Home 2017-07-28T13:07:05+00:00

Making the Grade

By | December 13th, 2017|

Can investors learn something from test-taking strategies? Public Domain. Source: US Navy It may be close to the end of the year, but it’s also college application season. A lot of high-school seniors are filling out the Common App, writing and re-writing essays, and anxiously awaiting their latest test scores. And there’s a test-taking technique that kids use to improve how they do on standardized [...]

Gold, Lead, and Collateral

By | December 12th, 2017|

Collateral dominates structure. Page from Alchemy treatise, c. 1300. Source: Wikipedia That’s an investor’s way of saying that you can’t turn lead into gold. It’s been an investment theme of mine for as long as I’ve been managing money. I started my investment career trading bonds in the mid-‘80s. Mortgage-Backed Securities were a new thing. Investors were starting to learn about prepayment risk, as interest [...]

Race Against the Machines

By | December 11th, 2017|

Does automation destroy jobs? Sabots from Brittany. Photo: Thesupermat. Source: Wikipedia The concern that new technology will put people out of work has been around at least since 18th-century French peasants threw their wooden shoes, or “sabots,” into industrial machines to destroy them – thus becoming the first “saboteurs.” In the early days of the industrial revolution the Luddites in England broke weaving equipment out [...]

Trading Bears and Kitties

By | December 8th, 2017|

Remember “Beanie Babies”? Photo: Jonny Connormah. Source: Wikipedia My kids went gaga over Beanie Babies in the ‘90s. The cute plush toys are filled with plastic pellets rather than conventional stuffing, which game them a more flexible feel. People began collecting them, then trading them like financial assets – the way some people treat baseball cards. At one point, Beanie Babies accounted for 10% of [...]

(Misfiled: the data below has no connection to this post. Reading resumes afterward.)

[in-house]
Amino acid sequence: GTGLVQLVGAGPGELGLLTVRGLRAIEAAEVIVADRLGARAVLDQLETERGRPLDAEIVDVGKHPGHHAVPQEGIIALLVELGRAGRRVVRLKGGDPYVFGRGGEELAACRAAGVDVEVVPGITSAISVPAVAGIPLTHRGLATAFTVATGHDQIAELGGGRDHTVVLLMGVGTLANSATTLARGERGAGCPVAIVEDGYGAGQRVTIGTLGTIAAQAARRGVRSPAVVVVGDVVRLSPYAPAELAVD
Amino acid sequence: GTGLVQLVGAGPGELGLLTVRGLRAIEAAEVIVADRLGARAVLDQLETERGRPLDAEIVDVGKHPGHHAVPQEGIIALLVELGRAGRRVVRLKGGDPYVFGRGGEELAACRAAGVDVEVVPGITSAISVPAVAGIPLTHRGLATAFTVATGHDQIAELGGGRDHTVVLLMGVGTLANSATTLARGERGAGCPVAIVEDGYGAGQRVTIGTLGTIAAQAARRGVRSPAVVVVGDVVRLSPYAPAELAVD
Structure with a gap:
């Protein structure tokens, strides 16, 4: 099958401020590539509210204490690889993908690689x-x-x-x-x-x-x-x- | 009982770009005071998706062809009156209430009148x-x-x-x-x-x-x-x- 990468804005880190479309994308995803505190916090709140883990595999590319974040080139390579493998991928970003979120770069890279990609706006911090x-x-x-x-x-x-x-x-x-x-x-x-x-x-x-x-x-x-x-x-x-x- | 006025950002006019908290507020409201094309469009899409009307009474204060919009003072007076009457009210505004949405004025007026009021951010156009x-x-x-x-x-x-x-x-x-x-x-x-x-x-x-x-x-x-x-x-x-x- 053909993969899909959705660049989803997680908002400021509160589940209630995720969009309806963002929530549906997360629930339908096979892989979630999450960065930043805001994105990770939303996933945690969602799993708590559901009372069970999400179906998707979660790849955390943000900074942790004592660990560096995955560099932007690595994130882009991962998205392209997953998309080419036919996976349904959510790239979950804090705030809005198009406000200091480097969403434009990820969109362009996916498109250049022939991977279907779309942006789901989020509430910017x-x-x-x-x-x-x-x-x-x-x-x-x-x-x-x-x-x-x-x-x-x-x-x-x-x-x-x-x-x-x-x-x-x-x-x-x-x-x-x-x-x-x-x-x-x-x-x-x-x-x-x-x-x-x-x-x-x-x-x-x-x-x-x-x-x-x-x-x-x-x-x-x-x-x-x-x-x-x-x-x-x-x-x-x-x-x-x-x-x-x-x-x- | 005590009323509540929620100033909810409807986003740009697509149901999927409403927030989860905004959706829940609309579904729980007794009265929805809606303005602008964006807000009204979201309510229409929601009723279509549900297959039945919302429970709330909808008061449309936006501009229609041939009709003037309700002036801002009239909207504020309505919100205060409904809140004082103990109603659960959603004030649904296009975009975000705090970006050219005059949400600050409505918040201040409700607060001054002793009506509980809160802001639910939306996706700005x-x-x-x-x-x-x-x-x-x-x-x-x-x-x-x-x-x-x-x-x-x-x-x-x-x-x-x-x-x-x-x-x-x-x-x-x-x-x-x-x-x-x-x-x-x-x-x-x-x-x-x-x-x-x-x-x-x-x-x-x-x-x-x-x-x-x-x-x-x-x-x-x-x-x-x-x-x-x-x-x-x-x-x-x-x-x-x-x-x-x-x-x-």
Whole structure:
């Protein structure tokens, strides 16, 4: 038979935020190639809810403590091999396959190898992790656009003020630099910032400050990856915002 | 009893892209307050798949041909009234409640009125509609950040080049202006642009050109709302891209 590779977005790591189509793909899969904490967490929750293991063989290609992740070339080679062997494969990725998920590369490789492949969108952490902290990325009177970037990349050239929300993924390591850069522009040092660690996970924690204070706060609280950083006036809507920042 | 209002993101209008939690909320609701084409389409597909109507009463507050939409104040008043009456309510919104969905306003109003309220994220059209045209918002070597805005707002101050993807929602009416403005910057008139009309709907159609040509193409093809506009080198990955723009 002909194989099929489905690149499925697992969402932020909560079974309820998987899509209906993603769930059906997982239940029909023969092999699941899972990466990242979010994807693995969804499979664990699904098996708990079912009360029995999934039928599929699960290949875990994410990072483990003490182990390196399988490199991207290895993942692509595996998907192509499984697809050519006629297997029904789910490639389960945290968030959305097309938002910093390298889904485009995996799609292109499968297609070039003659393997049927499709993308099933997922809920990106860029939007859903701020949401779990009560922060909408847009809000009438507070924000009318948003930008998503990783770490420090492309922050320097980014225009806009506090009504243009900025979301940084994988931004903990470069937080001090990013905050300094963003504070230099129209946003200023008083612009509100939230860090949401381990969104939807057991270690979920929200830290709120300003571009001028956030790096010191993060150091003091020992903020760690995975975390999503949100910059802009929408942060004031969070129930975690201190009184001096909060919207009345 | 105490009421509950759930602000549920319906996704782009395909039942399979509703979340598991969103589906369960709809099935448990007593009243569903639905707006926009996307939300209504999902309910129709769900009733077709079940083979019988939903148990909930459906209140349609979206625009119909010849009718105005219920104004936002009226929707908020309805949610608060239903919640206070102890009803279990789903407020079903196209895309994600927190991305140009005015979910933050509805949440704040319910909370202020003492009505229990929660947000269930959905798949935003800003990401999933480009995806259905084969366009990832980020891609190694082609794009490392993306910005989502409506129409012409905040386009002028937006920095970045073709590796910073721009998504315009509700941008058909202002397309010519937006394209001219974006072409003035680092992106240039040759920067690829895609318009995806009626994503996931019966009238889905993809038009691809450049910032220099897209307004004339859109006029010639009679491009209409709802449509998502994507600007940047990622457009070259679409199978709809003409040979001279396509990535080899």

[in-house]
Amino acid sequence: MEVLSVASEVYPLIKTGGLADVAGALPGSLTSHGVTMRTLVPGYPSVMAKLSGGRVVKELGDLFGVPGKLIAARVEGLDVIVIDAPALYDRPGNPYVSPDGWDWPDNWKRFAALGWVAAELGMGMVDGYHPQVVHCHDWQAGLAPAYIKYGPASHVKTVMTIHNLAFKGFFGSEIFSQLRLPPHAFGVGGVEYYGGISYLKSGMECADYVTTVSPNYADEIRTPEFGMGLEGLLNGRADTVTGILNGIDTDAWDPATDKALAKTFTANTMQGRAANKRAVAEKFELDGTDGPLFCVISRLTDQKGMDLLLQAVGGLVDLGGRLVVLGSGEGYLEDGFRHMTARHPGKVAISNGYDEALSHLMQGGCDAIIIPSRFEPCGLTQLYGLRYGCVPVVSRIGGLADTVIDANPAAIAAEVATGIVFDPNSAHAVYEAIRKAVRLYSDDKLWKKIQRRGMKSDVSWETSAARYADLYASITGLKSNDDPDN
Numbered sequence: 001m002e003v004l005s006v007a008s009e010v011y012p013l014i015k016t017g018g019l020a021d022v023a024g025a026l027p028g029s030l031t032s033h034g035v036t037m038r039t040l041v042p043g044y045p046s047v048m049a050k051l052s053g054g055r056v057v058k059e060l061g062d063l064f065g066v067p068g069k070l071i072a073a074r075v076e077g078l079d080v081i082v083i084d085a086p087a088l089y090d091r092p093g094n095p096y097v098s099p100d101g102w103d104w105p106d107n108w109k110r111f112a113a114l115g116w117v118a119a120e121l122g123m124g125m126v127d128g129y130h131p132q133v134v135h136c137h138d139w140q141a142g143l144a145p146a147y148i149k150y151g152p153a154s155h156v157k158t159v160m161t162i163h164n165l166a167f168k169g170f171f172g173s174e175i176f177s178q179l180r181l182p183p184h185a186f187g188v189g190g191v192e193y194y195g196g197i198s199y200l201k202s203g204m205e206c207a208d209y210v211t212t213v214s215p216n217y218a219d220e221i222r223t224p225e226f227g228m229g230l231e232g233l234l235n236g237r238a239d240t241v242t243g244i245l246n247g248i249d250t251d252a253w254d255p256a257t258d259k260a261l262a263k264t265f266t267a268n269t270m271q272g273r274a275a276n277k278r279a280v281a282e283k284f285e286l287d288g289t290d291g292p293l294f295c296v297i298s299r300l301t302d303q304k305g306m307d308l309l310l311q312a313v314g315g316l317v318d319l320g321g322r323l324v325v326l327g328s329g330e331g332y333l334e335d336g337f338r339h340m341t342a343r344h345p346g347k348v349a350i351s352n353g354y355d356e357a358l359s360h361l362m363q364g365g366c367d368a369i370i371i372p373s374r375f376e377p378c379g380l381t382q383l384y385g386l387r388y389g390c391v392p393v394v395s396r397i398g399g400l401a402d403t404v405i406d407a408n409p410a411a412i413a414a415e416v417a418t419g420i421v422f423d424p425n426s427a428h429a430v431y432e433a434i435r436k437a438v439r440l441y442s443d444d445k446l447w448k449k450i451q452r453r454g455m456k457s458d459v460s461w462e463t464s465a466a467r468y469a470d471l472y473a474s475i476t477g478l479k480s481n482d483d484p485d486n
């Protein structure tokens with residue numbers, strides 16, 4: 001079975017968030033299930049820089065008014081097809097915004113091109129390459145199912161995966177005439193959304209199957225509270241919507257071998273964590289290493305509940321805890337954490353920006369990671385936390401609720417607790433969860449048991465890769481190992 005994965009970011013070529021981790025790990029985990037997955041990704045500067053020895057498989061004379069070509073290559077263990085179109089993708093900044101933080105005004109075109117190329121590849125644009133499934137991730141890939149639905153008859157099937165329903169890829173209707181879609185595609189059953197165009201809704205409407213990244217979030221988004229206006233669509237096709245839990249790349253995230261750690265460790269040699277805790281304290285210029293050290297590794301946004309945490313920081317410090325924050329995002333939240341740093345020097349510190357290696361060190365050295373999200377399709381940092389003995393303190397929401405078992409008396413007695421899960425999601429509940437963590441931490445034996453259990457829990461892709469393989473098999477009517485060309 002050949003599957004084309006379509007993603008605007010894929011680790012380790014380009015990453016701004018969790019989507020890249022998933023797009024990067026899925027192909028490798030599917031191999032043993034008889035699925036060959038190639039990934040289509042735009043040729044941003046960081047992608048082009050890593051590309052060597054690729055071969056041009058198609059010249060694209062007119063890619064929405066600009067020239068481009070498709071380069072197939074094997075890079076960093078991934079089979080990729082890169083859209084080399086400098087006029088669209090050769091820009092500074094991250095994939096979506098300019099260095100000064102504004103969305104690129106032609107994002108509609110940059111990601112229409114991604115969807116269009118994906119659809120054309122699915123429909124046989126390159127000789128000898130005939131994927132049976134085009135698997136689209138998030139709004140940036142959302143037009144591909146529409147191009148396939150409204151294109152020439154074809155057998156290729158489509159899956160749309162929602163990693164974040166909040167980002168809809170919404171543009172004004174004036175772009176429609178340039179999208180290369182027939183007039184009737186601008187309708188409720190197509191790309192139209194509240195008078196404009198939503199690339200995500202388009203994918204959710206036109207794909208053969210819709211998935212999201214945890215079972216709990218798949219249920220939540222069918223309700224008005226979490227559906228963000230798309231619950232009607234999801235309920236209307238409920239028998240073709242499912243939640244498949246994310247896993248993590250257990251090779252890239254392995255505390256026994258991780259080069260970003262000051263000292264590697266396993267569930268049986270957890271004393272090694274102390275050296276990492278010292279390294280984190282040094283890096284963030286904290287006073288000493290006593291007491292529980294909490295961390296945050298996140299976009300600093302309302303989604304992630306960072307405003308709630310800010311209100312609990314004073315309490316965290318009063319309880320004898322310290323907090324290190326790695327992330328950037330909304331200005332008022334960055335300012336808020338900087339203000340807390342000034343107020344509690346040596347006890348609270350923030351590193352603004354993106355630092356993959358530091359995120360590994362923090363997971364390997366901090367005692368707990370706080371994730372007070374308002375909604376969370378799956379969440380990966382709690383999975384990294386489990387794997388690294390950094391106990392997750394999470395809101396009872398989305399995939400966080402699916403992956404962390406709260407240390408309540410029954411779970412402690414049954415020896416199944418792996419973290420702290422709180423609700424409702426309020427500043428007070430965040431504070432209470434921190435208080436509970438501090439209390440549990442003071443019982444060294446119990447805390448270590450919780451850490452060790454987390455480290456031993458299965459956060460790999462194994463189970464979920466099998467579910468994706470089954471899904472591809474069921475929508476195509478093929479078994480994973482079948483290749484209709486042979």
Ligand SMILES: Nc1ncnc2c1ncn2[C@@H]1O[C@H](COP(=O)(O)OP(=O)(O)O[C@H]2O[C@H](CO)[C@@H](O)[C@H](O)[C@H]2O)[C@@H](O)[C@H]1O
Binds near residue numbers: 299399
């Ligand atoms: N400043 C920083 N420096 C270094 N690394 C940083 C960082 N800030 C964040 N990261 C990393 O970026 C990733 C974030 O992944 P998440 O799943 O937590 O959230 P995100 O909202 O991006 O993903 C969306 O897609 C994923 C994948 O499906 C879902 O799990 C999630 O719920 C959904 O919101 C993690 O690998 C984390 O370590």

Flying by Instruments

By | December 7th, 2017|

How much should we trust our gut? Photo: Adrian Pingstone; Source: Wikipedia Every pilot receives some instrument training. This makes sense. There’s always a chance you can get caught by unexpected weather. Getting tossed around by turbulence when there’s no visibility outside is disorienting. You feel like you’re moving when you’re stable, you think up is down, and vice-versa. The first rule that’s drilled into [...]

Flat and Flatter

By | December 6th, 2017|

What does a flat yield curve mean? Photo: Billy Hathorn; Source: Wikipedia 130 years ago the English schoolmaster Edwin Abbot wrote the novella “Flatland” about a two-dimensional world inhabited by geometric shapes. There’s no depth in Flatland, only height and width. It seems like investors today are entering a “flatland” of their own. Normally, long-term bonds yield significantly more than short-term bonds. We call this [...]

The Roots of Innovation

By | December 5th, 2017|

The apple doesn’t fall far from the tree. Photo Source: Pixabay That’s the lesson from a new study about innovation, inventions, and incentives. The children of inventors are far more likely to become inventors themselves. Income, education, and geography also matter. But it’s the home environment that has the biggest impact. Some researchers studied 1.7 million patent office applications and 1.2 million tax returns, asking [...]

Winners and Losers

By | December 4th, 2017|

Who wins and loses from tax reform? Photo: Derek Lilly. Source: Morguefile Most of the comments on tax reform center on what happens to individuals – the personal exemption, the mortgage interest or medical expense deduction, and so on. That’s understandable: people want to know how different versions will directly affect them. And the bill’s depends on each taxpayer’s personal situation But the point of [...]

Gifts Around the Tree

By | December 1st, 2017|

Why do we give gifts? Photo: Kevin Kay. Source: Wikipedia The Native Americans had “potlatch.” Pacific Islanders had “Aropa.” Techies today have open-source software. And most people exchange gifts around the holidays. But is gift-giving rational? A lot of economists say no. They look at the all the fruit cakes sent-but-never-eaten or the ugly ties or sweaters politely acknowledged and then discarded. Theses economists see [...]